Yamaha FZ-07 Mods for the Road

Building a More Comfortable, Capable Yamaha FZ-07 On a Budget

yamaha, fz-07, streetbike mods
For approximately $1,000, we turned the FZ-07 into a righteous little traveling machine.©Motorcyclist
streetbike modifications
National Cycle VStream+ Sport/ Tour Windshield ($175) nationalcycle.com©Motorcyclist

Every time we hop off a full-size touring machine—whether a sport-tourer, adventure beast, or big-boned cruiser—and then jet around on something as nimble and enjoyable as the FZ-07, we start to wonder: Do we need all that stuff? Could we tweak the little Yamaha just enough to make it a reasonable mid-distance steed?

The short answer is yes, and the longer one is that, really, it didn’t take much. Because the Fizz is already halfway there—with a torquey yet surprisingly smooth parallel-twin engine and effectively soft suspension calibration, we left the core motorcycle alone. And in doing so, we were able to focus on the little things that make a traveling machine more effective.

Start with some wind splitting. Yes, this is a naked bike, and we know what the term means, but there’s no reason a tidy windscreen like the National Cycle VStream+ can’t dramatically improve highway comfort. Nine inches high and 15.4 inches wide, the VStream+ Sport/Tour we tried is the Marcia Brady of National Cycle’s three-screen lineup for the Fizz; the smaller Sport is 6.5 inches tall, while the bigger Touring is 11.5 inches high. We were looking for the middle ground between bikini top and mini-Windjammer. Found it. The screen cuts a clean hole in the atmosphere, directing windblast off a normal rider’s torso while leaving his helmet in smooth, turbulence-free air. A typical pilot will go from feeling the need to lean into the wind at 75 mph, as on the stock bike, to being happy to sit there, totally upright, and take in the sights behind the VStream+. A little wind protection goes a long way toward fighting on-road fatigue.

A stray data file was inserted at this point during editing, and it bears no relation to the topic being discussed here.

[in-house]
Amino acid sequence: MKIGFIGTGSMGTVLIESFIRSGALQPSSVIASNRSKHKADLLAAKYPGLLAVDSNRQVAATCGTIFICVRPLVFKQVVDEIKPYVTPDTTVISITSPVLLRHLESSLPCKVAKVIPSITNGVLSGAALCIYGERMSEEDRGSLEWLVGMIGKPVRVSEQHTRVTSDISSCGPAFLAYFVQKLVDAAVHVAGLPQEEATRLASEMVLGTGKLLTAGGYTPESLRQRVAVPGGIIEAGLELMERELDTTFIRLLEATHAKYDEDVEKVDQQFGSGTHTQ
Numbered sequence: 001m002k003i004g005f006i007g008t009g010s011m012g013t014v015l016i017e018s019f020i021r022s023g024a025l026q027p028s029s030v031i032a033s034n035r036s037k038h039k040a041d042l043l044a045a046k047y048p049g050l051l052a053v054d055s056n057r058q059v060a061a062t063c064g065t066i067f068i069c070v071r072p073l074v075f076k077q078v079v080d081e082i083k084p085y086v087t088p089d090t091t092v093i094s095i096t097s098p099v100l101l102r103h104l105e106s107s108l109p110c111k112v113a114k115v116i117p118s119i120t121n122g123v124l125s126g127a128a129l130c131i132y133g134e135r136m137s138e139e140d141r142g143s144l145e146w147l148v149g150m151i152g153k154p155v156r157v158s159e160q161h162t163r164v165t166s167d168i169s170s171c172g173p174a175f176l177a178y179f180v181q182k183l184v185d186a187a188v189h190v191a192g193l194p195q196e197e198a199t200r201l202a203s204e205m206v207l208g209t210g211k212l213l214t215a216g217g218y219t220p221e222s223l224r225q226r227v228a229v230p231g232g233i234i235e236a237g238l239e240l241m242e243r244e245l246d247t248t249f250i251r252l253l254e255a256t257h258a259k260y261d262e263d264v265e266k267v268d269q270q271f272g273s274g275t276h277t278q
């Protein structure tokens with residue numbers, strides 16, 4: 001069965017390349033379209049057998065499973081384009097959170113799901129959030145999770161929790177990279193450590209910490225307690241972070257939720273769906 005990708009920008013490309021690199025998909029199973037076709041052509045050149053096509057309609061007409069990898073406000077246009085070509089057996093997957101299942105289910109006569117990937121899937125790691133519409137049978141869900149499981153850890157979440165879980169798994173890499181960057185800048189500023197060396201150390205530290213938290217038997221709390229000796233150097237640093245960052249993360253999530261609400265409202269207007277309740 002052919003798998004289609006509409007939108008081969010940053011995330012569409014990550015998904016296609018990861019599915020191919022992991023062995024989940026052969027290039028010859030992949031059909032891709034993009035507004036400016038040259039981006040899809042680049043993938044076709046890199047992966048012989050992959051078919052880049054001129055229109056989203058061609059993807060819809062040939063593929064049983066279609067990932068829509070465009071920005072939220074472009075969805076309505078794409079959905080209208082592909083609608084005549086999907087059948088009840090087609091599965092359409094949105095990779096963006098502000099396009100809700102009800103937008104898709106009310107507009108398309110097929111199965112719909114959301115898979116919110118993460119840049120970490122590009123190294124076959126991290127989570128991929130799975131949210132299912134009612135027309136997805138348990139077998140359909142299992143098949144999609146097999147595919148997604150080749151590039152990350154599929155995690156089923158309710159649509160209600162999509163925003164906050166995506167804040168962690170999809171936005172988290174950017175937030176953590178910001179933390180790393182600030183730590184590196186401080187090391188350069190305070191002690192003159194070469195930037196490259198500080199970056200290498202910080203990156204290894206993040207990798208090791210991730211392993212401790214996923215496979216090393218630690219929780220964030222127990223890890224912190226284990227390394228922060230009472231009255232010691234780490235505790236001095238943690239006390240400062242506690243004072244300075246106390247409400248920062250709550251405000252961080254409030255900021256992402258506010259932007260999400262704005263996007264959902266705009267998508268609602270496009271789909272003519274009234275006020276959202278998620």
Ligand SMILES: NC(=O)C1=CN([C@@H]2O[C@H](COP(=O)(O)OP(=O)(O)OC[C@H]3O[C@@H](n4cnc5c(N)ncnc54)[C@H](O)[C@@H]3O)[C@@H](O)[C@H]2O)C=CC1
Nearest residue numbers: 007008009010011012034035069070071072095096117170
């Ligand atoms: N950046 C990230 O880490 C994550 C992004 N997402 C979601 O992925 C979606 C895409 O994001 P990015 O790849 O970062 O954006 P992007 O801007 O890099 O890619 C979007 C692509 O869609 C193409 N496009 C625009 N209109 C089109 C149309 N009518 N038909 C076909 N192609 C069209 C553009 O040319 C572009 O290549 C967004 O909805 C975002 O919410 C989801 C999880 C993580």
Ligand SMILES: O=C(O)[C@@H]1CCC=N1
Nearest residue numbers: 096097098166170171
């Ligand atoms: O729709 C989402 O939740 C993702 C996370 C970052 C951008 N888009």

streetbike modifications
Yamaha Accessories Comfort Saddle ($270) yamahapartsandaccessories.com©Motorcyclist

Comfort above and, with Yamaha’s accessory Comfort Saddle, ah…comfort below as well. Shaped much like the stock seat, with a narrow nose to benefit short-legged riders, the Comfort Saddle has firmer padding and a nice no-slip, suede-like cover, which makes it a big improvement over the thin stocker. Now it’s no trouble to drain the FZ’s 3.7-gallon tank in one sitting.

givi accessories
Givi Easylock Saddlebags (Bags: $350; Mounts: $190) giviusa.com©Motorcyclist

For carrying capacity, we turned again to the Givi Easylock saddlebags (MC Tested, October ’14, MC). These semi-hard-shell bags clip to bike-specific mounts and look smoothly elegant. Not huge, at 15 liters each (expandable to 18 liters), the Easylocks tuck in tightly to the FZ’s tailsection and provide enough weatherproof (with the included rain covers) storage for a long weekend. To supplement the saddlebags, we dropped on a Cortech Micro 2.0 tankbag, which is a super-handy way to carry your wallet, cell phone, and, ah, what-nots. Note that the FZ’s tank cover is plastic. No problem, three “super powerful” neodymium magnets (from a hardware store, $3) glued underneath keep the lightweight Micro from flying away. Or you can use the supplied straps.

yamaha, fz-07, streetbike mods
Cortech Micro 2.0 Tankbag ($60) cortech.net©Motorcyclist

For approximately $1,000, we turned the FZ-07 into a righteous little traveling machine perfect for newer riders and those of, shall we say, compact stature. Proof, once again, that you don’t need a big bike to go long distances.